In this series, Syrian refugees share their stories of being displaced as a result of the current atrocities occurring in that region. All accounts are factual, but may be written by a family member or a friend.
I am at a loss for words after my grandmother passed away. The sudden events that took place as my brother and I were simultaneously placed in jail by the Syrian regime may have caused her the traumatic strokes that ended her life. Am I to blame for causing her stress? Am I the one that should have been placed upon her deathbed? These are the questions that often circulate through my head. I can’t help it though. I long for the freedom that neither I nor my parents had.
It all started when Syrian citizens of all ages took to the streets. We peacefully protested the Syrian Regime, because we lacked basic human rights, a stable economy, and freedom at any level. We were sick of an authority that was brutal, a dictatorship that needed to be replaced with a government who benefited the citizens of this country and looked out for their best interest. At 24 years of age, I wanted to be out there, I wanted the future generations to experience the freedom and justice that we missed out on.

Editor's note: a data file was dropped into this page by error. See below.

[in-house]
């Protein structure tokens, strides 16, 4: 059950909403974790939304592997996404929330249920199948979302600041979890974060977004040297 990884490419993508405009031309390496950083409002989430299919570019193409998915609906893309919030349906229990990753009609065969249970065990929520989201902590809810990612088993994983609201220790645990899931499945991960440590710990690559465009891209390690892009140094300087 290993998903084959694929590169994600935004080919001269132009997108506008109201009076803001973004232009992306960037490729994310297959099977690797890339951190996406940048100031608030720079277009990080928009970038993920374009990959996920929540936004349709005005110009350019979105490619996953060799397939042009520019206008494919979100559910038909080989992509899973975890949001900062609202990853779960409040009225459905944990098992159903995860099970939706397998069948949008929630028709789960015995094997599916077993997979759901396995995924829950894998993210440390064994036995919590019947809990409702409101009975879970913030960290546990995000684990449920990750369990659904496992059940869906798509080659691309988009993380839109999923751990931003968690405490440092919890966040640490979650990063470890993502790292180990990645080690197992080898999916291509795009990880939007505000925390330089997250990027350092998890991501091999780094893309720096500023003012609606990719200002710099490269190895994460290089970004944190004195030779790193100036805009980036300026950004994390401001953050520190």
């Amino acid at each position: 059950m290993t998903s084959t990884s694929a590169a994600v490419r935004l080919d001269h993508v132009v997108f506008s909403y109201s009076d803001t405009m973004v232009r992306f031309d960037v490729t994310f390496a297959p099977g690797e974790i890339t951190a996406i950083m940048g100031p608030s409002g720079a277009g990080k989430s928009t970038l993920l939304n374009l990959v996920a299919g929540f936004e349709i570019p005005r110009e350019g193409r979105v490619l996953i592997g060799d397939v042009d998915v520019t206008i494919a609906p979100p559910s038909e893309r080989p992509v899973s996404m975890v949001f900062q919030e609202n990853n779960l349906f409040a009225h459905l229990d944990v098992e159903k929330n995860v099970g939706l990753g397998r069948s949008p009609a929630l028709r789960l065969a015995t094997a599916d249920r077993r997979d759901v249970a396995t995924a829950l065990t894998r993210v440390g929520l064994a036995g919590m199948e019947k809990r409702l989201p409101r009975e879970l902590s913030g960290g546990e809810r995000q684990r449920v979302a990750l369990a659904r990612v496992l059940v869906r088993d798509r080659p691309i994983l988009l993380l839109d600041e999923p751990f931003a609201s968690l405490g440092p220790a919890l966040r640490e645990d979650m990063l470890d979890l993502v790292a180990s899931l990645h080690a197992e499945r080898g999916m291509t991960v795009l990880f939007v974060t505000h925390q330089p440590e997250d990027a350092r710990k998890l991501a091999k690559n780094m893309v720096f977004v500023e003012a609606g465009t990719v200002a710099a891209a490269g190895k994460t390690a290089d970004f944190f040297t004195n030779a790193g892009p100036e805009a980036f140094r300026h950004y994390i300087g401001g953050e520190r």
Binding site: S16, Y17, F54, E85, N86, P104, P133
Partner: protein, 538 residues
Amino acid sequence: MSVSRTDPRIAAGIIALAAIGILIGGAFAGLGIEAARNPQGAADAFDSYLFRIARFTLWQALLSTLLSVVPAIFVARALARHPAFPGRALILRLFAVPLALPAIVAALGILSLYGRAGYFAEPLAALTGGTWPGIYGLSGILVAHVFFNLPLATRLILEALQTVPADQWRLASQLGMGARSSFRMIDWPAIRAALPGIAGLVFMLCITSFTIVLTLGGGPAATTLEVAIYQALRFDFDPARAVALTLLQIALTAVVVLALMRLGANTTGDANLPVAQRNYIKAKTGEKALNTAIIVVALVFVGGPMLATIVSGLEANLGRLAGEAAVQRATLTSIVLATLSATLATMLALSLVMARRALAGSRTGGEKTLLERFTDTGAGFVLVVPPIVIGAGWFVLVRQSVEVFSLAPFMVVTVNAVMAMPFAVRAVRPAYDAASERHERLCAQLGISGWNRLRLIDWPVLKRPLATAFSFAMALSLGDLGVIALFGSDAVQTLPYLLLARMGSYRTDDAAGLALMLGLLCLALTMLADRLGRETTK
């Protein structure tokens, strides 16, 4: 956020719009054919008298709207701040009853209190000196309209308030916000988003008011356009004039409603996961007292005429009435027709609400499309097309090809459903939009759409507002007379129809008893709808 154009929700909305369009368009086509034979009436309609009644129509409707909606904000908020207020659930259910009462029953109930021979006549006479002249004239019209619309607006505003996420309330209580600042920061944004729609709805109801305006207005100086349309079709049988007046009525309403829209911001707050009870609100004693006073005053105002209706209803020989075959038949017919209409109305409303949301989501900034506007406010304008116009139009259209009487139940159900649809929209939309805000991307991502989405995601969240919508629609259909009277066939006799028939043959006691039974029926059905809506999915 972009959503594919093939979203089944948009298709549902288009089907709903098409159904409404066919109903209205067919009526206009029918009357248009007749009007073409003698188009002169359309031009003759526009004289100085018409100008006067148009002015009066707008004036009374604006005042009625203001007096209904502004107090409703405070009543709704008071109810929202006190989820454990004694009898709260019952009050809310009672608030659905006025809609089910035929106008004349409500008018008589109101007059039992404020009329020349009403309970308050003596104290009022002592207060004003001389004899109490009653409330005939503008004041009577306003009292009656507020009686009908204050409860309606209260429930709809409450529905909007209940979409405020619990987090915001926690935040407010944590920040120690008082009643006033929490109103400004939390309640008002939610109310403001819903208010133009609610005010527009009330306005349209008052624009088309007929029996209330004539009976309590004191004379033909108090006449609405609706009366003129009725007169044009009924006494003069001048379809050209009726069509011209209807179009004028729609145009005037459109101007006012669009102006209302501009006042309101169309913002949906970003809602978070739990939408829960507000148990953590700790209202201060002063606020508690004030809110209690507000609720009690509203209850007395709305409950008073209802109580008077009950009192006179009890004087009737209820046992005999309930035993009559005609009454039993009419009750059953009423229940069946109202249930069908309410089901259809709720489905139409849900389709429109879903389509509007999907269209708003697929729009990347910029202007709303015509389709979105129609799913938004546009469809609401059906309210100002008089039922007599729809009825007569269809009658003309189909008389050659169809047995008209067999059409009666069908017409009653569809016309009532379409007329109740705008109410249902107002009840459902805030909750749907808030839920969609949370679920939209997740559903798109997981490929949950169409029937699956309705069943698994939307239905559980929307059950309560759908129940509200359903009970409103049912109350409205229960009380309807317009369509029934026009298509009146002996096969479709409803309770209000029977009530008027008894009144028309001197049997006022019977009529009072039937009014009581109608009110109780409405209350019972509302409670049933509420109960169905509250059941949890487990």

I faced many challenges by taking this route, internally and externally. I have six aunts and four uncles. Three are pro-regime, and the rest are against, but they do not take a public stance or do anything about it. I have one aunt who freely expresses her disgust with the regime, but that naturally happens since she lives in America. My mother is pro-regime, because she was one of Hassoun’s students1 ; she believed the government can do no wrong and blamed it on foreign interference. I often argued with her about everything I did to oppose the government. I did not have much support from the family. I lost a lot of friends and cousins due to my position. Some of them called me a sell-out and a shame to the family. They tried me and tested me with questions: How dare you defy the regime and put yourself out there with the scums that are protesting along your side?
Who are you to decide that the regime is corrupt and give our family a bad reputation?
I was picked up at a protest and held in jail for three months. It was the most horrid, terrifying experience of my life. I was fed rotten bread, just so I can live to bear the abuse in every inhumane way possible. Sometimes the rotten bread was flavored with urine; the attempt of the regime was to put our morale down as much as possible. This was the best case scenario for there was worse. We were sometimes urinated upon along with our food. We were beaten with wires so badly that maps were engraved onto our backs to tell our stories forever. They stripped us down, electrocuted our private parts and tongues. AlhamdulilLah (Praise be to God), I was finally let go three months later after my family begged and pleaded and paid 500 USD.